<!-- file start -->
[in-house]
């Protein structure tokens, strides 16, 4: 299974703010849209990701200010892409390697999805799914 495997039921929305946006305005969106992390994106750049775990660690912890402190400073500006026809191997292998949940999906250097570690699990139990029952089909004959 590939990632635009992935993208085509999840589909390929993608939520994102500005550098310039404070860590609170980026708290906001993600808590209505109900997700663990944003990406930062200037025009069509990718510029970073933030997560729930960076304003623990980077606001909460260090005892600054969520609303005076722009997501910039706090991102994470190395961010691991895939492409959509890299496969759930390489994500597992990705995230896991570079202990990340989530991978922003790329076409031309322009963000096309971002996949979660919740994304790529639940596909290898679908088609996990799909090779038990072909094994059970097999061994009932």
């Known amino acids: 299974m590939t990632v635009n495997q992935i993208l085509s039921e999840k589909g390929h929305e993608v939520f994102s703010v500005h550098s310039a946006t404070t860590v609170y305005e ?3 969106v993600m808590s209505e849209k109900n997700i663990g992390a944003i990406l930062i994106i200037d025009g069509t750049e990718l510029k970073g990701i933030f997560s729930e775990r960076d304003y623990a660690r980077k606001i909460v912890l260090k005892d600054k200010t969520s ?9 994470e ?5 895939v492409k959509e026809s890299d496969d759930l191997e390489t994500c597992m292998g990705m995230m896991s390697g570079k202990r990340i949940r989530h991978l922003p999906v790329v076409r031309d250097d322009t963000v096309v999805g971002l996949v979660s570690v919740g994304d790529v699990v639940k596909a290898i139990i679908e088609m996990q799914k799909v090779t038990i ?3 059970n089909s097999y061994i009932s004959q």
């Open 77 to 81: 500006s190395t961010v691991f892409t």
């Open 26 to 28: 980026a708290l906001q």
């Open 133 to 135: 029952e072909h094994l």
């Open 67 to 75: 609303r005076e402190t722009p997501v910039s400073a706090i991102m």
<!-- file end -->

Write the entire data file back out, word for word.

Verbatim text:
[in-house]
């Protein structure tokens, strides 16, 4: 299974703010849209990701200010892409390697999805799914 495997039921929305946006305005969106992390994106750049775990660690912890402190400073500006026809191997292998949940999906250097570690699990139990029952089909004959 590939990632635009992935993208085509999840589909390929993608939520994102500005550098310039404070860590609170980026708290906001993600808590209505109900997700663990944003990406930062200037025009069509990718510029970073933030997560729930960076304003623990980077606001909460260090005892600054969520609303005076722009997501910039706090991102994470190395961010691991895939492409959509890299496969759930390489994500597992990705995230896991570079202990990340989530991978922003790329076409031309322009963000096309971002996949979660919740994304790529639940596909290898679908088609996990799909090779038990072909094994059970097999061994009932």
């Known amino acids: 299974m590939t990632v635009n495997q992935i993208l085509s039921e999840k589909g390929h929305e993608v939520f994102s703010v500005h550098s310039a946006t404070t860590v609170y305005e ?3 969106v993600m808590s209505e849209k109900n997700i663990g992390a944003i990406l930062i994106i200037d025009g069509t750049e990718l510029k970073g990701i933030f997560s729930e775990r960076d304003y623990a660690r980077k606001i909460v912890l260090k005892d600054k200010t969520s ?9 994470e ?5 895939v492409k959509e026809s890299d496969d759930l191997e390489t994500c597992m292998g990705m995230m896991s390697g570079k202990r990340i949940r989530h991978l922003p999906v790329v076409r031309d250097d322009t963000v096309v999805g971002l996949v979660s570690v919740g994304d790529v699990v639940k596909a290898i139990i679908e088609m996990q799914k799909v090779t038990i ?3 059970n089909s097999y061994i009932s004959q």
């Open 77 to 81: 500006s190395t961010v691991f892409t």
């Open 26 to 28: 980026a708290l906001q």
């Open 133 to 135: 029952e072909h094994l």
């Open 67 to 75: 609303r005076e402190t722009p997501v910039s400073a706090i991102m």